Essential Tracks This Week: Bat For Lashes, Nourished by Time, and more

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Bat For Lashes - Essential Tracks

This week’s batch of Essential Tracks sees the return of several artists who haven’t released new music in four, five, even six years, including an art-pop auteur, a composer of achingly delicate instrumentals, and a noise rock band with a kinda-sorta “love song.” Throw in an unlikely noise-rap cover and some dreamy synth-pop and you’ve got this week’s batch of essentials.

Blurbs by Jeff Terich (JT) and Mia Euceda (ME).

Bat for Lashes – “The Dream of Delphi”

Natasha Khan’s return as Bat for Lashes after five years comes after some significant life events. She’s a mother now, and her upcoming album The Dream of Delphi was inspired in large part by the birth of her daughter. The title track to the album finds her “touching thin air, laying with angels,” on a haunting and slow-burning meditation that gradually works its way through two verses of ambient balladry before ultimately climaxing in an eruption of beats. After the neon-tinted synth detour of Lost Girls, it’s invigorating to hear Khan embrace this kind of grandeur, a slow reveal of something that contains profundities within a relatively minimalist structure. – JT

From The Dream of Delphi, out May 22 via Mercury KX.

Nourished by Time – “Hand on Me”

Nourished by Time released one of 2023’s best debut albums with Erotic Probiotic 2, a hybrid of synth-pop, R&B and various other elements and strains of dance music in a glorious whole. “Hand on Me” is the first song Marcus Brown has released from his upcoming Catching Chickens EP, and it carries on that album’s warmly soulful set of throwback beats and textures in what amounts to a thoroughly contemporary fusion. Paired with its lo-fi angel jam session video, “Hand on Me” is feel good pop through a vintage filter, a glorious encore from an artist who feels like he’s only getting started. – JT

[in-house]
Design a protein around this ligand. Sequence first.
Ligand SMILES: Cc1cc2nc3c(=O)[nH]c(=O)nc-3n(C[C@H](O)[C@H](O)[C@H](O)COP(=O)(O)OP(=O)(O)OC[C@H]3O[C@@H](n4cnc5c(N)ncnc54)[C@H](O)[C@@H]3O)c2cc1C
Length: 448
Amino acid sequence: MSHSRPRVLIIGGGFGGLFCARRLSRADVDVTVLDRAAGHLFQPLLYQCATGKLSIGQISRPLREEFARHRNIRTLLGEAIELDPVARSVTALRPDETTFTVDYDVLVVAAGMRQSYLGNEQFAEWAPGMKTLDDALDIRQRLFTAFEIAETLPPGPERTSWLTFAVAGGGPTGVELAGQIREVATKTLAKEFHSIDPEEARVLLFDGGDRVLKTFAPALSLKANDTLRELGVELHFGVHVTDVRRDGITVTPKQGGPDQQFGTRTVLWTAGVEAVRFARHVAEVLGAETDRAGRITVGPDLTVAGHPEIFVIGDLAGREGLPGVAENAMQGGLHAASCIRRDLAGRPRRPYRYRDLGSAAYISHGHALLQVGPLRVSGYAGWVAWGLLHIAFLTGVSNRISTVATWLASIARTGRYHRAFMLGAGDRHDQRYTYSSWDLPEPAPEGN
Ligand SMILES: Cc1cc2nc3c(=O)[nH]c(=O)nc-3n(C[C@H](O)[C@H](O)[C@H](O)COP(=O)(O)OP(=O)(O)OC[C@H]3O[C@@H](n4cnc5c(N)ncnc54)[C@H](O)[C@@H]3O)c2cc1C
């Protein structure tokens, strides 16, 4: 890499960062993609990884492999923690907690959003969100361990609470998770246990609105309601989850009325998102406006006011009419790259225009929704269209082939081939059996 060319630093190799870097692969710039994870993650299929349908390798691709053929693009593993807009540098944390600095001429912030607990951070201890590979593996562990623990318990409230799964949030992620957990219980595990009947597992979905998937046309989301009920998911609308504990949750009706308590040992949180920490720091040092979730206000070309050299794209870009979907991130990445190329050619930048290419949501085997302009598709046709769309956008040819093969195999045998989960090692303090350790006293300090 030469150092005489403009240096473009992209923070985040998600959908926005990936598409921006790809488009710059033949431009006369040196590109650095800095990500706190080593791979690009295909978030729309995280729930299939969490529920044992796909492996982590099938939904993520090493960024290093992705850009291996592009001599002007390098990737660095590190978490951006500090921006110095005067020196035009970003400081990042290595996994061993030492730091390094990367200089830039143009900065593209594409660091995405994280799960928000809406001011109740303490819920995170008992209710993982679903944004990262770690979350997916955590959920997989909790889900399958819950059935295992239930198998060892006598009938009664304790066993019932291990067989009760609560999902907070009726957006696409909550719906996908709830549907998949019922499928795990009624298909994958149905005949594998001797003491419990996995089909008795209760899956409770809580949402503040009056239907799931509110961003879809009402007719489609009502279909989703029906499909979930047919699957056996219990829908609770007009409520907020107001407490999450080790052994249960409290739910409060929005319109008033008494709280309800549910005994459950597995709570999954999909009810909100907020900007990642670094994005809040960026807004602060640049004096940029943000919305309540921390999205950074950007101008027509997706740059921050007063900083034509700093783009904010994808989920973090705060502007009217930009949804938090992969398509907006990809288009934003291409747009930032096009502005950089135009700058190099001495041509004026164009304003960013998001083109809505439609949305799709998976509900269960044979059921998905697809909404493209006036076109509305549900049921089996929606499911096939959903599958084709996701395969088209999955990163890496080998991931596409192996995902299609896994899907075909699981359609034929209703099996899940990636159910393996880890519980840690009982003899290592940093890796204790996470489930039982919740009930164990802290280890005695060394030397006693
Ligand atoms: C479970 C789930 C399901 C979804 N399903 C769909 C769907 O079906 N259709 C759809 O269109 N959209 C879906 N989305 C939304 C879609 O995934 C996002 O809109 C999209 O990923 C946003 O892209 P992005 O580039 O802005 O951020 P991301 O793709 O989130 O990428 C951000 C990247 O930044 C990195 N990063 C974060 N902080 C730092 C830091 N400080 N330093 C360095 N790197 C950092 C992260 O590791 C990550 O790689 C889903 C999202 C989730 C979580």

From Catching Chickens, out March 22 via XL

Kelly Moran – “Butterfly Phase”

As a baseline, Kelly Moran’s music is breathtaking. The composer and keyboardist builds delicate architecture from seemingly stark elements, and the first piece of music from her first full-length album in six years is no exception. Much like the figure skater on the artwork for new album Moves in the Field, Moran’s harmonies seem to work in graceful loops and subtle transformations, building a slow and haunting creation from gentle and gradually evolving elements. It’s relatively brief ending in just under three minutes, but in that limited span of time, Moran seems to suggest endless, subtle possibilities. – JT

From Moves in the Field, out March 29 via Warp

Couch Slut – “Ode to Jimbo”

Noise rock miscreants Couch Slut described “Ode to Jimbo” as their first actual love song (kind of, sort of), but it’s not about a romantic love—it’s a paean to a neighborhood bar. Surely many of us can relate to the idea of a nearby watering hole that feels like home, though in practice “Ode to Jimbo” isn’t so much their version of the Cheers theme, but one of the most anthemic permutations of their raw, abrasive noise rock. Indeed, this song is a motherfucker, brutal and gnarly and rife with guitar textures that won’t come off with soap. Utterly disgusting and more than a little charming, this is Couch Slut at their best. – JT

From You Could Do It Tonight, out April 19 via Brutal Panda

clipping. – “Tipsy”

I didn’t know how much I needed to hear an industrial rework of J-Kwon’s “Tipsy” until now. Originally released as an exclusive for Stereogum subscribers in 2020, clipping. distorts the 2004 club hit into a noisy moshpit banger. With its booming in-your-face drums and rhythmic screeching wall of noise, it’s guaranteed to make your ears bleed in the best way possible. Daveed Diggs brings this up to the listener, betting that the tinnitus will “hum for a day in a half—now relax, have fun.” This one should be played loud on maxed-out speakers, preferably at a dingy basement party. – ME

Out now via Sub Pop

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